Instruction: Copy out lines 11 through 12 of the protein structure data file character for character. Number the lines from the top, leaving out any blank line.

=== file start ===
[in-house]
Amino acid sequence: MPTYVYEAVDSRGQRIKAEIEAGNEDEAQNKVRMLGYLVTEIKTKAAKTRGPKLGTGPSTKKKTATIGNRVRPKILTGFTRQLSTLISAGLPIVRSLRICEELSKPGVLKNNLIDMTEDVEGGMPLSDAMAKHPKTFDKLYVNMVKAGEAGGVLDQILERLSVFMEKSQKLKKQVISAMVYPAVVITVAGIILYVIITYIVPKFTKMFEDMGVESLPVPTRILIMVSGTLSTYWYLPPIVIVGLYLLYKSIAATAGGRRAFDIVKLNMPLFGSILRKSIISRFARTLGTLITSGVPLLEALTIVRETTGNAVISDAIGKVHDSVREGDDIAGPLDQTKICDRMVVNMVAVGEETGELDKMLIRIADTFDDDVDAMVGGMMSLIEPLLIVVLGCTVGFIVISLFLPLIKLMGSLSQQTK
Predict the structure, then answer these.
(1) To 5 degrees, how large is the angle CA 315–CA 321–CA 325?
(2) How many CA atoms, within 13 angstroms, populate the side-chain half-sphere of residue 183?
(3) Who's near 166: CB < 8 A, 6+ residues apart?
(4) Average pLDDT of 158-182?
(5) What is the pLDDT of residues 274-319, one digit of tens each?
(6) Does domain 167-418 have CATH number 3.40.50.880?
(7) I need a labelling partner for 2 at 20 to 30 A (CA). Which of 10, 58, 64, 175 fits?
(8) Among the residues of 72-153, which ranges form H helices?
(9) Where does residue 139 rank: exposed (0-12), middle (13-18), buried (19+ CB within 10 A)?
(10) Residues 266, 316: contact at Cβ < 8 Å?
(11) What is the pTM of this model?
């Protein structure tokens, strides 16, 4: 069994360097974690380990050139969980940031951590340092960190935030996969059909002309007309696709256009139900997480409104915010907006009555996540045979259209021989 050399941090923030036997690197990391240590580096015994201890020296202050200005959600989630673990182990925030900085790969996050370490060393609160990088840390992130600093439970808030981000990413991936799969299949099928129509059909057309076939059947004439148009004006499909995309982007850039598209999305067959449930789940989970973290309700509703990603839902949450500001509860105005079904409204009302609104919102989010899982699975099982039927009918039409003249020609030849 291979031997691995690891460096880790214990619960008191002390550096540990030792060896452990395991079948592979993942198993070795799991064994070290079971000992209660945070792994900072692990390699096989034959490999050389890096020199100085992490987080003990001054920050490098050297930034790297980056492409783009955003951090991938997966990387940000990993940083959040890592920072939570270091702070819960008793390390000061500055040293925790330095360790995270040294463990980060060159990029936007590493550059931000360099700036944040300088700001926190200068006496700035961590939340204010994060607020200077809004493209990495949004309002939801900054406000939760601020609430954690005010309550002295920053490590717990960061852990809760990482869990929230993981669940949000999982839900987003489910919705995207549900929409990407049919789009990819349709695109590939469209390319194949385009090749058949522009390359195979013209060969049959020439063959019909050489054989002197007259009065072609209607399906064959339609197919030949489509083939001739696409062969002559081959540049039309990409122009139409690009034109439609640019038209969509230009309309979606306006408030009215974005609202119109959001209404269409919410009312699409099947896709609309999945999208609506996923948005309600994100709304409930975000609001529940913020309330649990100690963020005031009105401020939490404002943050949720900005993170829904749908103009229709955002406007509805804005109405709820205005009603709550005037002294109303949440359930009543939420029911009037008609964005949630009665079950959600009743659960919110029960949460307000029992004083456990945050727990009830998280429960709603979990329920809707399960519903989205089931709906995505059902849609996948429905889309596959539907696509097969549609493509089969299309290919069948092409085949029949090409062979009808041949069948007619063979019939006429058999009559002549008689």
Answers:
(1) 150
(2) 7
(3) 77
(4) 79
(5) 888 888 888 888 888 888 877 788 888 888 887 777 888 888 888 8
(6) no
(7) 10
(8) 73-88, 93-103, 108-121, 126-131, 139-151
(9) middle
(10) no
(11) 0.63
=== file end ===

(8) Among the residues of 72-153, which ranges form H helices?
(9) Where does residue 139 rank: exposed (0-12), middle (13-18), buried (19+ CB within 10 A)?